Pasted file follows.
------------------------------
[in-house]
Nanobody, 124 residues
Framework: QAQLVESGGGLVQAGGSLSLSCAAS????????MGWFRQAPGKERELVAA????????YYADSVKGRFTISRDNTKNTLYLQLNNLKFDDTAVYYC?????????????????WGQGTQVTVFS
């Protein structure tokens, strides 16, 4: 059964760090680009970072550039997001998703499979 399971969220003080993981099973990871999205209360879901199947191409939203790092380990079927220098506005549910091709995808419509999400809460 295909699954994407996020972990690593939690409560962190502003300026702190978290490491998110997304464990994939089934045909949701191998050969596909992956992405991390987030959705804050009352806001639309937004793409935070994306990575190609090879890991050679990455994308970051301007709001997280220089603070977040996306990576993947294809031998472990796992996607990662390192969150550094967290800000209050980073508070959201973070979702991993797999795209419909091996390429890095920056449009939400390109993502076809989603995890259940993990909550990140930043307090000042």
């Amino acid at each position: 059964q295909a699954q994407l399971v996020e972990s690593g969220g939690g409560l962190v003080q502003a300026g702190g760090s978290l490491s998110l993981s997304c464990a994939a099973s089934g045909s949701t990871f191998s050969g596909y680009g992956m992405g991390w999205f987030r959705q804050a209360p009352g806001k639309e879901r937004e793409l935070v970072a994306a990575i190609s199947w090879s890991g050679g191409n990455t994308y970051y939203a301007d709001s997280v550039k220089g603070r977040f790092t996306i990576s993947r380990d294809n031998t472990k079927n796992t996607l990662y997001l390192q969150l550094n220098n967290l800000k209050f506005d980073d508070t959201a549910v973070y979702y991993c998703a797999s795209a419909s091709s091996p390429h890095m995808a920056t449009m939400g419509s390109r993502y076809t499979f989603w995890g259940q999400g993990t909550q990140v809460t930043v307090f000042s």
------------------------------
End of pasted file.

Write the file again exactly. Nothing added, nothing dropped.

[in-house]
Nanobody, 124 residues
Framework: QAQLVESGGGLVQAGGSLSLSCAAS????????MGWFRQAPGKERELVAA????????YYADSVKGRFTISRDNTKNTLYLQLNNLKFDDTAVYYC?????????????????WGQGTQVTVFS
């Protein structure tokens, strides 16, 4: 059964760090680009970072550039997001998703499979 399971969220003080993981099973990871999205209360879901199947191409939203790092380990079927220098506005549910091709995808419509999400809460 295909699954994407996020972990690593939690409560962190502003300026702190978290490491998110997304464990994939089934045909949701191998050969596909992956992405991390987030959705804050009352806001639309937004793409935070994306990575190609090879890991050679990455994308970051301007709001997280220089603070977040996306990576993947294809031998472990796992996607990662390192969150550094967290800000209050980073508070959201973070979702991993797999795209419909091996390429890095920056449009939400390109993502076809989603995890259940993990909550990140930043307090000042």
């Amino acid at each position: 059964q295909a699954q994407l399971v996020e972990s690593g969220g939690g409560l962190v003080q502003a300026g702190g760090s978290l490491s998110l993981s997304c464990a994939a099973s089934g045909s949701t990871f191998s050969g596909y680009g992956m992405g991390w999205f987030r959705q804050a209360p009352g806001k639309e879901r937004e793409l935070v970072a994306a990575i190609s199947w090879s890991g050679g191409n990455t994308y970051y939203a301007d709001s997280v550039k220089g603070r977040f790092t996306i990576s993947r380990d294809n031998t472990k079927n796992t996607l990662y997001l390192q969150l550094n220098n967290l800000k209050f506005d980073d508070t959201a549910v973070y979702y991993c998703a797999s795209a419909s091709s091996p390429h890095m995808a920056t449009m939400g419509s390109r993502y076809t499979f989603w995890g259940q999400g993990t909550q990140v809460t930043v307090f000042s």